IT professionals will prick their ears up at the mention of the correct 'marker'. It is hardly believable that the designers of this system were so stupid that they recorded this information in the form of some 'franchise flag' that specifies the type of elections and referendums in which this voter is eligible to vote.

Doing it this way is stupid because, if a country were to change its status – by joining or leaving the EU, for example – this would mean that the entire database would have to be rebuilt from the original input data. Anyone from, let us say, 'Outer Mongolia', a new entrant to the EU, previously excluded from voting would now be able to vote in elections where EU citizens were eligible and their 'franchise marker' would have to be changed appropriately. Which, in turn can only be done by identifying all the Outer Mongolians currently in the UK and changing their entries – an impossible task if you don't have their nationality recorded in their entry. Perhaps the nationality is stored somewhere in the electoral register record, but the structure of this record is absurd: Heaven knows how they deal with people in prison, lunatics and members of the House of Lords.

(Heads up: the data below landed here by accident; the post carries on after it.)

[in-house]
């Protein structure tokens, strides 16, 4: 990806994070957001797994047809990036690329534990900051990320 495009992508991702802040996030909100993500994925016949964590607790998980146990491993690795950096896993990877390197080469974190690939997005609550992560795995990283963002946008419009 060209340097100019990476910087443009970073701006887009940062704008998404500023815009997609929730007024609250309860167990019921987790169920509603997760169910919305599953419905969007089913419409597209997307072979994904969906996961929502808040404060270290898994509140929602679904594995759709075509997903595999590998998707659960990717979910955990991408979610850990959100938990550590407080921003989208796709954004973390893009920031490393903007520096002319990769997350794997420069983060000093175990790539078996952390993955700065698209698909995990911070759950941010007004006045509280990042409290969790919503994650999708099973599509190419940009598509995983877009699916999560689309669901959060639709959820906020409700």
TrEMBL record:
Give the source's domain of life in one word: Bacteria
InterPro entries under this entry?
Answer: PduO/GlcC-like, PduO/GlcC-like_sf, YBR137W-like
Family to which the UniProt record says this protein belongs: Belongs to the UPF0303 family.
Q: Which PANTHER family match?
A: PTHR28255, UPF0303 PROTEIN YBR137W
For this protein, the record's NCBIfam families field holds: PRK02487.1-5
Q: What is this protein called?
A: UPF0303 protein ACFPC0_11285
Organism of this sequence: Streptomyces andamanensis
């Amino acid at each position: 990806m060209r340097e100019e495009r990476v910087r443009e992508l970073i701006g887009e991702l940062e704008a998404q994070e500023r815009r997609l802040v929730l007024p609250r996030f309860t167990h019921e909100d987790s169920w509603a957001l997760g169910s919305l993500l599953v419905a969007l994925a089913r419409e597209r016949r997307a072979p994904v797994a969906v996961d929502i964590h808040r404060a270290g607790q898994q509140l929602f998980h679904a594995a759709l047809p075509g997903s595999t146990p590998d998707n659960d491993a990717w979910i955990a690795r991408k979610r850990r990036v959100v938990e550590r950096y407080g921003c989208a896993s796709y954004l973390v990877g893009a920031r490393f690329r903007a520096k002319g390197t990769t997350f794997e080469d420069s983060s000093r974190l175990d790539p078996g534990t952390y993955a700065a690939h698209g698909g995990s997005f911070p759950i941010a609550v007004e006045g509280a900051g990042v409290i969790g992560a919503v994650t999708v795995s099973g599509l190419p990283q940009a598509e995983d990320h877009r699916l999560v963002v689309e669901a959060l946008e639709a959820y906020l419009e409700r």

Or perhaps they really are that stupid? Yes, they are (PDF):

If the Electoral Registration Officer determines that the elector is eligible to vote only at certain elections – for example, if they are an EU citizen – they will add the relevant franchise marker to the register to indicate this. This marker ensures that they will not be issued with a ballot paper at the referendum unless they are eligible to receive one.